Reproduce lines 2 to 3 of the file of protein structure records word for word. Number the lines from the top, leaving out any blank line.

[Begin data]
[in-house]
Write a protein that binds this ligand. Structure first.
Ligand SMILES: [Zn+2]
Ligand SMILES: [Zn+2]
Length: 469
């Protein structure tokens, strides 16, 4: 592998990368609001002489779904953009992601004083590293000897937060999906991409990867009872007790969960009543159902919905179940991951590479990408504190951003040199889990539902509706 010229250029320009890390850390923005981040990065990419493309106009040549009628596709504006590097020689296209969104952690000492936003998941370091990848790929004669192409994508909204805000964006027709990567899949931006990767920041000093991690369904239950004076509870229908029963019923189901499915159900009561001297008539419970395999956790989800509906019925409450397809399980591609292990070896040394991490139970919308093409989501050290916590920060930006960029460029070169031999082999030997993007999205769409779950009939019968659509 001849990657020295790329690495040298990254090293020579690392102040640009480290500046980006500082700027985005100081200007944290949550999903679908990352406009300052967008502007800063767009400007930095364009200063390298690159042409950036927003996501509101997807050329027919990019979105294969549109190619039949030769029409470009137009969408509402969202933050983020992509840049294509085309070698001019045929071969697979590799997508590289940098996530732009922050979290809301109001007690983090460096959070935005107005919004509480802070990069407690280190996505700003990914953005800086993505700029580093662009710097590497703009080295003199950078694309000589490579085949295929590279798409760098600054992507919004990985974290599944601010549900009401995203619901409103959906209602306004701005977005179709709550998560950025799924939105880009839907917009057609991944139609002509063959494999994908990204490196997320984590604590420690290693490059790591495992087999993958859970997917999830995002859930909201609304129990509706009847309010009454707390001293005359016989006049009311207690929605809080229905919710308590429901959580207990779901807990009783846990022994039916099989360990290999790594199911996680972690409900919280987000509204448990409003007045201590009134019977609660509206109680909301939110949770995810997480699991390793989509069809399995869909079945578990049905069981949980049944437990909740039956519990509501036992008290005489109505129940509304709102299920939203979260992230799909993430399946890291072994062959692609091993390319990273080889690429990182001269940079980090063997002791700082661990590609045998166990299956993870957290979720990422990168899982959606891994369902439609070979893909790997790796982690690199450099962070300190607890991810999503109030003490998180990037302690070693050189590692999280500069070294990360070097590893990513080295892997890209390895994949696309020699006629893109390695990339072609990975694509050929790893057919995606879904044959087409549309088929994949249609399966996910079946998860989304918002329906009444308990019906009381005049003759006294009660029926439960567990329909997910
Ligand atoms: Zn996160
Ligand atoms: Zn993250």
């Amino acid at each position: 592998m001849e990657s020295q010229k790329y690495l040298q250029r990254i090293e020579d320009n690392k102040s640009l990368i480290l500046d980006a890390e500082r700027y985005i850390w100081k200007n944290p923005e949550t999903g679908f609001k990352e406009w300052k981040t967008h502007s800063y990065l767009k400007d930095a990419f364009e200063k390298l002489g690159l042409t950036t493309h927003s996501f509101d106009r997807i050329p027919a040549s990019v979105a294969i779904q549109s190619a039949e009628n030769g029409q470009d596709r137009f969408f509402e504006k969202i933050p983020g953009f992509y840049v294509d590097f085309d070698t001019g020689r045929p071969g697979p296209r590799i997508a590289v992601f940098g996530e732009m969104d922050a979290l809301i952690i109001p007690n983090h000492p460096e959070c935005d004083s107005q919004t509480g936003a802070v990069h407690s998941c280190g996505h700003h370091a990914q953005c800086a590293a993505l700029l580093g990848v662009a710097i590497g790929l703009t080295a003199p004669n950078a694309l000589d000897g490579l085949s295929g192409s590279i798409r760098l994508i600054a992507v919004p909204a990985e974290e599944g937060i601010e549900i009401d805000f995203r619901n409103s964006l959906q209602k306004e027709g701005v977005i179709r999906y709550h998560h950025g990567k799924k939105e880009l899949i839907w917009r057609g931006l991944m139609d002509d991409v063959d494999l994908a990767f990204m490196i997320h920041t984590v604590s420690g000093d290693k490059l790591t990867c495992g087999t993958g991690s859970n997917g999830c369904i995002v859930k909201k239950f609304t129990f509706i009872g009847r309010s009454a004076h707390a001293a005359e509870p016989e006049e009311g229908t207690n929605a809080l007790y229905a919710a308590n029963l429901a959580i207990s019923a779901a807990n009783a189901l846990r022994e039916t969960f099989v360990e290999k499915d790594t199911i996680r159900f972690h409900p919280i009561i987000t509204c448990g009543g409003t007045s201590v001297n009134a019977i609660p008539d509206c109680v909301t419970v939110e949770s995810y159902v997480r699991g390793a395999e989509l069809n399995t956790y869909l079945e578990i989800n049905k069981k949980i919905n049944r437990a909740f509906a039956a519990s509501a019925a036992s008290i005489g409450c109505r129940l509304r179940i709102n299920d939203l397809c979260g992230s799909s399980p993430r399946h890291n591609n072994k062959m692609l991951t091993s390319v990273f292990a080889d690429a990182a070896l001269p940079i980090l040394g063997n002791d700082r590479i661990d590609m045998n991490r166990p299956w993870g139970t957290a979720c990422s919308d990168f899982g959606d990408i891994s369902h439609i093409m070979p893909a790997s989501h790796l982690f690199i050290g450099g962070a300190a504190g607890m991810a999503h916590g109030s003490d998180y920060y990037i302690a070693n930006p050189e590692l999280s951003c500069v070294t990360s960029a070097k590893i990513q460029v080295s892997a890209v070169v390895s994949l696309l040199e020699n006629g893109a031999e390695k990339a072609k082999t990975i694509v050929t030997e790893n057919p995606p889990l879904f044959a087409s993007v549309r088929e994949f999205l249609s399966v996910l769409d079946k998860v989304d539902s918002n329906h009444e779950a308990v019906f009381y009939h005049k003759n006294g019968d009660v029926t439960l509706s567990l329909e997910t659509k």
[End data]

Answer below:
Write a protein that binds this ligand. Structure first.
Ligand SMILES: [Zn+2]